The biggest impact that technology has made is in the healthcare industry. Diagnostic procedures have become more sensitive in differentiating disease indicators. Equipment to help transport patients aid the healthcare practitioners incurring injuries from lifting heavy weights.

Medical hub services need to properly store electronic health records for future references. Aside from the fact that these are used for compliance, proper storage also helps in synchronizing information that might be of help to the patient’s treatment regimen.

But, what happens if a patient decides to transfer to another hub services platform? Will such move affect the continuity of patient’s care? Thankfully, it doesn’t, thanks to a certain software.

How do they achieve this?

  1. HIPAA law ensures creation of Continuity of Care Documents (CCDs)

Continuity of cared documents (CCDs) serve as a centralized health record of the patient. From diagnosis to the interventions and treatment done, all are recorded. The hub services provider ensures that such documents are created and readily available should other healthcare settings need them.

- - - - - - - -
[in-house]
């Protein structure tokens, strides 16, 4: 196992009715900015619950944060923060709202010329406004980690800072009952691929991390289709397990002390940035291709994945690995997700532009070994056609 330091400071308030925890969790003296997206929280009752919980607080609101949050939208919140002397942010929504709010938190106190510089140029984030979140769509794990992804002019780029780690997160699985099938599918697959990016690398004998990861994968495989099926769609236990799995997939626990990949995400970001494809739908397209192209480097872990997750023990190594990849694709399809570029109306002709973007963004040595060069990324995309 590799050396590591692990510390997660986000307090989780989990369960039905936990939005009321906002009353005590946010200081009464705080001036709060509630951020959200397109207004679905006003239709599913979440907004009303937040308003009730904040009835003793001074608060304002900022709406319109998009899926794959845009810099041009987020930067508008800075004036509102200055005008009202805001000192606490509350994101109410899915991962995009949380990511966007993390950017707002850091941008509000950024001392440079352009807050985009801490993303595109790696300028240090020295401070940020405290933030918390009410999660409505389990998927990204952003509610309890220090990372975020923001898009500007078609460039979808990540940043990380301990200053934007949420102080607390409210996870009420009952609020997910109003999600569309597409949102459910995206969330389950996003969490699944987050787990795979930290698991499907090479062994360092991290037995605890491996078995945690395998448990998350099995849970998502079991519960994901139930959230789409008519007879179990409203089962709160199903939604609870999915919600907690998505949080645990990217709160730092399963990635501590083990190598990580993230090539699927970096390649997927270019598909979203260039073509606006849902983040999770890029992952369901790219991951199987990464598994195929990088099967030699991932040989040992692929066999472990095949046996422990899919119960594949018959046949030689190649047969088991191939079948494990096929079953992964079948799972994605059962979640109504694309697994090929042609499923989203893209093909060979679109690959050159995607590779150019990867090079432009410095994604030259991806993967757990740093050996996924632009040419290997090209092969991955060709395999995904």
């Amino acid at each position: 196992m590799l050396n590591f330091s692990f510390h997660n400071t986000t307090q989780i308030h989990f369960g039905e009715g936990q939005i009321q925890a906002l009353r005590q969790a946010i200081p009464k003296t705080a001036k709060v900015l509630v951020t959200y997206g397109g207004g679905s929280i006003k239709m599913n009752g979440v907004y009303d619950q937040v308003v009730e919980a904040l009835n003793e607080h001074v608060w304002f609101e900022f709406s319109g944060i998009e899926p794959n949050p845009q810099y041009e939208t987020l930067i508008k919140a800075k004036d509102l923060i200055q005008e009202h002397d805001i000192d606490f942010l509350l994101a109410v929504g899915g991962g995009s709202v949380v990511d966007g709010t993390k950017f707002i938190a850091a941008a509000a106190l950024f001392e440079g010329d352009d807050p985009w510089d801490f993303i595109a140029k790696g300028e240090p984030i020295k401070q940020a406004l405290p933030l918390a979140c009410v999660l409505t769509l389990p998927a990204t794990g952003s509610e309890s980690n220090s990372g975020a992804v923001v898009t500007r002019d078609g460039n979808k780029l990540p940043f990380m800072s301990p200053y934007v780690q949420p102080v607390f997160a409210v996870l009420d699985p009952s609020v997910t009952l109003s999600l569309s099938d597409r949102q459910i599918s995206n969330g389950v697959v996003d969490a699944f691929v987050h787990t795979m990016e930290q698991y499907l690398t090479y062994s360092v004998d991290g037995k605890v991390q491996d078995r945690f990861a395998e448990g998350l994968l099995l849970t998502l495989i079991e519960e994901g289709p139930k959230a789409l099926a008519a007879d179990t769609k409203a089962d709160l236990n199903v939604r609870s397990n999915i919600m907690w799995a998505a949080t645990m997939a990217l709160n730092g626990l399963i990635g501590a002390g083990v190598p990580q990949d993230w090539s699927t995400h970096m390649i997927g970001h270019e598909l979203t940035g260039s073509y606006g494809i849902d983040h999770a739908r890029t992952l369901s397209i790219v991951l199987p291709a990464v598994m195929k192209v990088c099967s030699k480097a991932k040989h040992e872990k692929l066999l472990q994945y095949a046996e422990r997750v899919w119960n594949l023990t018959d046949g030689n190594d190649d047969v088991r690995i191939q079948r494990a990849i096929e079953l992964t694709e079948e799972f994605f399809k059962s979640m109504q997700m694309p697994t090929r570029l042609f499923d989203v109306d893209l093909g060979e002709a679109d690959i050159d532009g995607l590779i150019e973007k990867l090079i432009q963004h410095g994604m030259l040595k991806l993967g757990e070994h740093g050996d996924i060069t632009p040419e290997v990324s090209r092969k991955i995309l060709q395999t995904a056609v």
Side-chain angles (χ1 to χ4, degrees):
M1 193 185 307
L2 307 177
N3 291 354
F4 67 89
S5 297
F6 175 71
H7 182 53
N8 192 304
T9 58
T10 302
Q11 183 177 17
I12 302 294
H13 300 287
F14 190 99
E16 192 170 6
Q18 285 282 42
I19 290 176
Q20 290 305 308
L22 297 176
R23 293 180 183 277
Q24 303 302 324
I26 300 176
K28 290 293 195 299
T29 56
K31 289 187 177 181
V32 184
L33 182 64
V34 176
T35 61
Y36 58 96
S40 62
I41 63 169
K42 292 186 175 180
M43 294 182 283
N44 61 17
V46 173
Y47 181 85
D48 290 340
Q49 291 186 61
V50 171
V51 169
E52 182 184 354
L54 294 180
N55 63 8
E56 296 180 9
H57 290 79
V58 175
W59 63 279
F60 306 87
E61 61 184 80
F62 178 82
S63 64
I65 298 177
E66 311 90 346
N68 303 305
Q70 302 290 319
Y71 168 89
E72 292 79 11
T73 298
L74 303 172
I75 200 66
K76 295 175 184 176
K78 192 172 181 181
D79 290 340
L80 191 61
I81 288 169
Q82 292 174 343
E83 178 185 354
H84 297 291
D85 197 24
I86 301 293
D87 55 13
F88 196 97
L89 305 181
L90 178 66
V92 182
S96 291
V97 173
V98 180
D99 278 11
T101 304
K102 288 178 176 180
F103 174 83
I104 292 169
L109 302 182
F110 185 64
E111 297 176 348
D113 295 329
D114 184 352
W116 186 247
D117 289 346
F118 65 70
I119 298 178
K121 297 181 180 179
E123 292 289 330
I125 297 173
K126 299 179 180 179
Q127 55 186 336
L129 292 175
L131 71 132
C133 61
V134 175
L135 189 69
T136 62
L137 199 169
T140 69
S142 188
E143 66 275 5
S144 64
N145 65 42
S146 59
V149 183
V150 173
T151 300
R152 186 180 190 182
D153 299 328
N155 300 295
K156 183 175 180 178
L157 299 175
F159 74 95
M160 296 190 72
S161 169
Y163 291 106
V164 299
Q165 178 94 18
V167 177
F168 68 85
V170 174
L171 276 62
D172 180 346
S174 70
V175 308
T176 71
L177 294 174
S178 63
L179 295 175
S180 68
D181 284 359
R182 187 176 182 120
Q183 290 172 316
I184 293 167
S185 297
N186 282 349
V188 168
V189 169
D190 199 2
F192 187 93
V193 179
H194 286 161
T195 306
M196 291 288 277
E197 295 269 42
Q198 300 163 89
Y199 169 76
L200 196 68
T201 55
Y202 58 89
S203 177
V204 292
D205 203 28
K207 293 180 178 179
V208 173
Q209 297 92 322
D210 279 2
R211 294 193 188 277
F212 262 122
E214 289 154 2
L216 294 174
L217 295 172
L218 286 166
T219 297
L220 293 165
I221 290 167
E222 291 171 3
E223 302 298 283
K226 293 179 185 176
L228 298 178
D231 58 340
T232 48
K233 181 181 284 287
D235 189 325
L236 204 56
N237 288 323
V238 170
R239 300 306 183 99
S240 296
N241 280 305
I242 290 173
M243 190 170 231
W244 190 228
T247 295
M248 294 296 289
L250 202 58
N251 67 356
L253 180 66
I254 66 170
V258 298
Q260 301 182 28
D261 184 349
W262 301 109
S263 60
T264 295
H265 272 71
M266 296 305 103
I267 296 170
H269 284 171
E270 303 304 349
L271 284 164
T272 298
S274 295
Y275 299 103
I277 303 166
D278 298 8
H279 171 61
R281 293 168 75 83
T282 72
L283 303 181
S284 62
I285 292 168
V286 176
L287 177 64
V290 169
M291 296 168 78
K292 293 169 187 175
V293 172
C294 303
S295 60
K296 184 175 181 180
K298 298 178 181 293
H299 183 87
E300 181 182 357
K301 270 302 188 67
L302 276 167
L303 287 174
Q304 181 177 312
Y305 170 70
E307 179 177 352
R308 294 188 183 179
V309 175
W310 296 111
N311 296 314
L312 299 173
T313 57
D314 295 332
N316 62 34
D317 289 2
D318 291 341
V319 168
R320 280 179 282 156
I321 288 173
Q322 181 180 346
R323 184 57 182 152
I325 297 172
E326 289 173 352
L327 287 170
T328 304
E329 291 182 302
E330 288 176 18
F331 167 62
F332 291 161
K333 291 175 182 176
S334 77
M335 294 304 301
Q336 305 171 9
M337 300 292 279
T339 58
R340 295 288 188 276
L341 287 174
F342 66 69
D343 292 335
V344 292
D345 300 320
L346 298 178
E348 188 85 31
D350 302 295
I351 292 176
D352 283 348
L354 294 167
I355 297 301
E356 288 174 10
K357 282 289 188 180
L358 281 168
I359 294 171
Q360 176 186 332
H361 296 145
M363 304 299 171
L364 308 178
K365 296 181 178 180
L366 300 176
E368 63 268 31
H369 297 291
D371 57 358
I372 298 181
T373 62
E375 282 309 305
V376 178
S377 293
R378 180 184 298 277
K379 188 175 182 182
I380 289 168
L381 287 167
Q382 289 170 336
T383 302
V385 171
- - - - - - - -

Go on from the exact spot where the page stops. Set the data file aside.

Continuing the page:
• Cloud-based system allows the hub provider to do three things with the patients’ EHRs

Remember how the iCloud in Iphone systems provide fail-safe support systems for users’ data and profiles? The cloud system in medical hubs work in almost the same way, probably just a bit more complex.

Such system allows the hub provider to:

  • Internally sourced for the hub
  • Outsourced for external hub operations
  • Used as hybrid model
  • Automation of services leads to speedy access.

Since most transactions and approvals are now done online, it is imperative that providers also find means to speed up the patient authorization process. Use of software to solicit the patient’s signature electronically are widely used for this reason.

Continuity of patient’s care is not disrupted should you choose to transfer services. So, you can focus more on your recovery rather than on hassling clerical work.